Charters and PPS

Responding to the recent audit of PPS charter schools, PPS Superintendent Carole Smith had this to say:

“The track record of PPS charter schools — and of the district’s success in managing and partnering with those schools — is a mixed bag. After 10 years, it is time for a deep and thoughtful assessment of charter schools, in theory and in practice.”

Given the Board’s rejection of the most recent charter applications, it looks like the worm might be turning. Odd timing, given the rest of the country under our new President is going ga-ga over charters.

Full disclosure: my daughter attends Trillium right now. There are lot of great things about the school, e.g., not holding kids to artificial benchmarks, integrating art and music across the curriculum, theme-based education that ties in different learning styles, project-based learning, and allowing kids to choose things they are interested in learning and then giving them time and support to pursue these things. As an educator and parent, I appreciate these forms of pedagogy.

But as an activist, I question the role of charters and worry about their draining effect on neighborhood schools. On this blog, Rose and Stephanie have shared information about the way kids with IEP’s and kids with disabilities are served by PPS. The way charters handle this concerns me even more.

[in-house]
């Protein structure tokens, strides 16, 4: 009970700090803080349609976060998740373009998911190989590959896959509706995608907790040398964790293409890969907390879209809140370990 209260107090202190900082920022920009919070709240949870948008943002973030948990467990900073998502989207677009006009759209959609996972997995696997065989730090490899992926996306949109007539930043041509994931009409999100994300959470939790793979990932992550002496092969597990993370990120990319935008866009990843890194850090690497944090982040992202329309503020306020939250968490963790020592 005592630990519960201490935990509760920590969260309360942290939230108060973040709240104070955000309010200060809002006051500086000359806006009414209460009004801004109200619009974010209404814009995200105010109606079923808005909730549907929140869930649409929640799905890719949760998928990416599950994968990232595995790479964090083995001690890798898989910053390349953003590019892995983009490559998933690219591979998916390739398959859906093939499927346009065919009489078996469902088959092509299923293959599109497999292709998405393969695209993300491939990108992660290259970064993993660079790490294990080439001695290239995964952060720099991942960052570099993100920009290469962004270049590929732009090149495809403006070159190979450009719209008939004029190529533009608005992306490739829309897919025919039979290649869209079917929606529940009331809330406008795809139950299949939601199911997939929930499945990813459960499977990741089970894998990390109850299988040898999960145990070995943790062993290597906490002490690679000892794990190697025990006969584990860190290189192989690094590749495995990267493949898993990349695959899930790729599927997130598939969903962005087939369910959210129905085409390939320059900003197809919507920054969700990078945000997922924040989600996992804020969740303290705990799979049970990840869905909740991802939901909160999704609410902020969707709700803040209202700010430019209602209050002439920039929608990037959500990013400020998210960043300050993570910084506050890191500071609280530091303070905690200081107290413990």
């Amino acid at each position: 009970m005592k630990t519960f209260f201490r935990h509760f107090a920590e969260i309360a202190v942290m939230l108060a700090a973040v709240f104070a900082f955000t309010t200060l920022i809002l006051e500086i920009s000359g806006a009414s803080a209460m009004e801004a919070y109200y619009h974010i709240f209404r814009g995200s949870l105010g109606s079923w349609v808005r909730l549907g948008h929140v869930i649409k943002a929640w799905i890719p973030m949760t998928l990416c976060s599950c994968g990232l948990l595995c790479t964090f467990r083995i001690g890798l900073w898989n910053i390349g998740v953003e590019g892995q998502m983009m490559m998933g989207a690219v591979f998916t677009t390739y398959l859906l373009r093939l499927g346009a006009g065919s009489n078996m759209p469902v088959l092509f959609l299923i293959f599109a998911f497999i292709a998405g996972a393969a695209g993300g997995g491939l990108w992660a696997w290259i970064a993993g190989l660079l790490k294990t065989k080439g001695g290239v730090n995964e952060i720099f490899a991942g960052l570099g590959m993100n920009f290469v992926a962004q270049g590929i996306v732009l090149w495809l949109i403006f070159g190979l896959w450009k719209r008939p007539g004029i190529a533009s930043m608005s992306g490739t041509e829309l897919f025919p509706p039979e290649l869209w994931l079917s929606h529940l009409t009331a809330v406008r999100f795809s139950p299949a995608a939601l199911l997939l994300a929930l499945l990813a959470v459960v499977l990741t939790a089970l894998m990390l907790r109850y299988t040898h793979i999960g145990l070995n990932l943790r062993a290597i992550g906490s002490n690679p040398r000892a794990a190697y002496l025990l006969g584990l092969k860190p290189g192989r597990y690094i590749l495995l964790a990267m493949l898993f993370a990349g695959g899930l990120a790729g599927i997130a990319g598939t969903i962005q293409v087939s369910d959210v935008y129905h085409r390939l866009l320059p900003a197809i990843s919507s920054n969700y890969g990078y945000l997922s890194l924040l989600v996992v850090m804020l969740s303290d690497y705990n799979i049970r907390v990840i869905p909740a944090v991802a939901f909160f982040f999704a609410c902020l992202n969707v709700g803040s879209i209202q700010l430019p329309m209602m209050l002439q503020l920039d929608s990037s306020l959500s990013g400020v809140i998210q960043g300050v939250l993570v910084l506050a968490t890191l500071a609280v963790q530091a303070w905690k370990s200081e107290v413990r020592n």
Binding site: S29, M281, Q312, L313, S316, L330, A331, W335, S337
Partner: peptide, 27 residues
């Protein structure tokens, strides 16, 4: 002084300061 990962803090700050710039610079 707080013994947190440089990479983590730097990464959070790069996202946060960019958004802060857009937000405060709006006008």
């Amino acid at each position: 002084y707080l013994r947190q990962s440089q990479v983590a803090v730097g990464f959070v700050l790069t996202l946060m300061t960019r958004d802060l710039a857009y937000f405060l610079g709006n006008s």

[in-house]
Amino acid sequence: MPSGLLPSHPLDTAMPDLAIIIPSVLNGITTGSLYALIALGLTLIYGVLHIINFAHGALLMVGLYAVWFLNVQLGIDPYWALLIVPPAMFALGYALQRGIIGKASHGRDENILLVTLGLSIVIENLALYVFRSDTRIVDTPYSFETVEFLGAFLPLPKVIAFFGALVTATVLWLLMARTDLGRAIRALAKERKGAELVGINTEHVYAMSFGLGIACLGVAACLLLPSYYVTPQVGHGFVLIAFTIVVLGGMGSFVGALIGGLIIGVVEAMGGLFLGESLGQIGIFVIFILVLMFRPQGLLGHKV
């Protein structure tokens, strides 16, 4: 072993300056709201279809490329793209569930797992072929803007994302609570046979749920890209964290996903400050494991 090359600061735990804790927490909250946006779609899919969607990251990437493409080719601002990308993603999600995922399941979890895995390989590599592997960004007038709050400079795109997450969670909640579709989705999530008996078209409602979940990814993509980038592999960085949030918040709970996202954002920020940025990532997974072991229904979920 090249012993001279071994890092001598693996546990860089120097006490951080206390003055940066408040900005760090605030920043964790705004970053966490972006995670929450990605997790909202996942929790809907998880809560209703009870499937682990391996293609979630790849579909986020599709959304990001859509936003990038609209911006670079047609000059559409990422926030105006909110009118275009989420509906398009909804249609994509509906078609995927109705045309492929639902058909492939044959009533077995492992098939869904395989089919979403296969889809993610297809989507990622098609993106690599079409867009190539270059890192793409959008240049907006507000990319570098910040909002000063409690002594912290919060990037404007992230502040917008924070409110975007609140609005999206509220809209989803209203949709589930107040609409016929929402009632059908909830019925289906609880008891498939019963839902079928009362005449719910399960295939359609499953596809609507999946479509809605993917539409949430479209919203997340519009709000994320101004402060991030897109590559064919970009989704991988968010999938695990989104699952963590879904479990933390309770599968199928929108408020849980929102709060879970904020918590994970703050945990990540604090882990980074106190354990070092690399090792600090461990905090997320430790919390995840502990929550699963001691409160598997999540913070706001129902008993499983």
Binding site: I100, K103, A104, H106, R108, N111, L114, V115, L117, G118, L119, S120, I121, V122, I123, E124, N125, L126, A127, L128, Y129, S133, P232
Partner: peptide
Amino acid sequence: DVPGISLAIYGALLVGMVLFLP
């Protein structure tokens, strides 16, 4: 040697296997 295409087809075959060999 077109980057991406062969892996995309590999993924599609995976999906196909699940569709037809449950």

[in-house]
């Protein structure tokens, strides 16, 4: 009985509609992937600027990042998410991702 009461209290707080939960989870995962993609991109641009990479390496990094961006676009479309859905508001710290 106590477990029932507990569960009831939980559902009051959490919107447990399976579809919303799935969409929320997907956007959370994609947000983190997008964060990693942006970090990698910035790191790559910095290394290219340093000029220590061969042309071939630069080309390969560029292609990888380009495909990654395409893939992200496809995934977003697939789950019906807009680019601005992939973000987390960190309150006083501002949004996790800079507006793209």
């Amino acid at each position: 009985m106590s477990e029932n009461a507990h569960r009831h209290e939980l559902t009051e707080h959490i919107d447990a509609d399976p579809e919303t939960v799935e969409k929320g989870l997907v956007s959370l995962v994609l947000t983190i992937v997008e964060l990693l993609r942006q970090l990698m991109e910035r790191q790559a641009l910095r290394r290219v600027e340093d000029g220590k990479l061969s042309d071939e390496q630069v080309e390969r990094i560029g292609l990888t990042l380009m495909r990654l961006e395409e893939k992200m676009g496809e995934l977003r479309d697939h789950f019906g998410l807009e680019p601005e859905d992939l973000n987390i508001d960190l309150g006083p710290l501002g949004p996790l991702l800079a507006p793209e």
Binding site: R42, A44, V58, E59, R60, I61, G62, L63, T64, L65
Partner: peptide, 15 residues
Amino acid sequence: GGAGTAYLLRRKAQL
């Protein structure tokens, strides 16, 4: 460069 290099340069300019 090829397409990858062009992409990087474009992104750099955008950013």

I think we as a community need to look carefully at the charter movement here in PPS. Is there a way that charters can become community partners, or will they always serve a niche? And why?

Peter Campbell is a parent, educator, and activist, who served in a volunteer role for four years as the Missouri State Coordinator for FairTest before moving to Portland. He has taught multiple subjects and grade levels for over 20 years. He blogs at Transform Education.


School library bill gets first hearing

Oregon’s HB 2586, the Quality School Libraries bill, gets its first House committee hearing this Monday, March 30. This bill would make library programs eligible for grants in addition to State School Fund money, and would require school districts to include goals that implement strong school library programs in their local district continuous improvement plans.

Please contact members of the House Education Committee and urge them to support this bill. (Or thank them for their sponsorship. Four of nine of the committee members — Dembrow, Huffman, Roblan, and VanOrman — are co-sponsors). It is also helpful to contact your legislators and encourage them to sign on as sponsors if they haven’t already, or thank them for their support if they already have.

House Education Committee

Legislative sponsors



Steve Rawley published PPS Equity from 2008 to 2010, when he moved his family out of the district.

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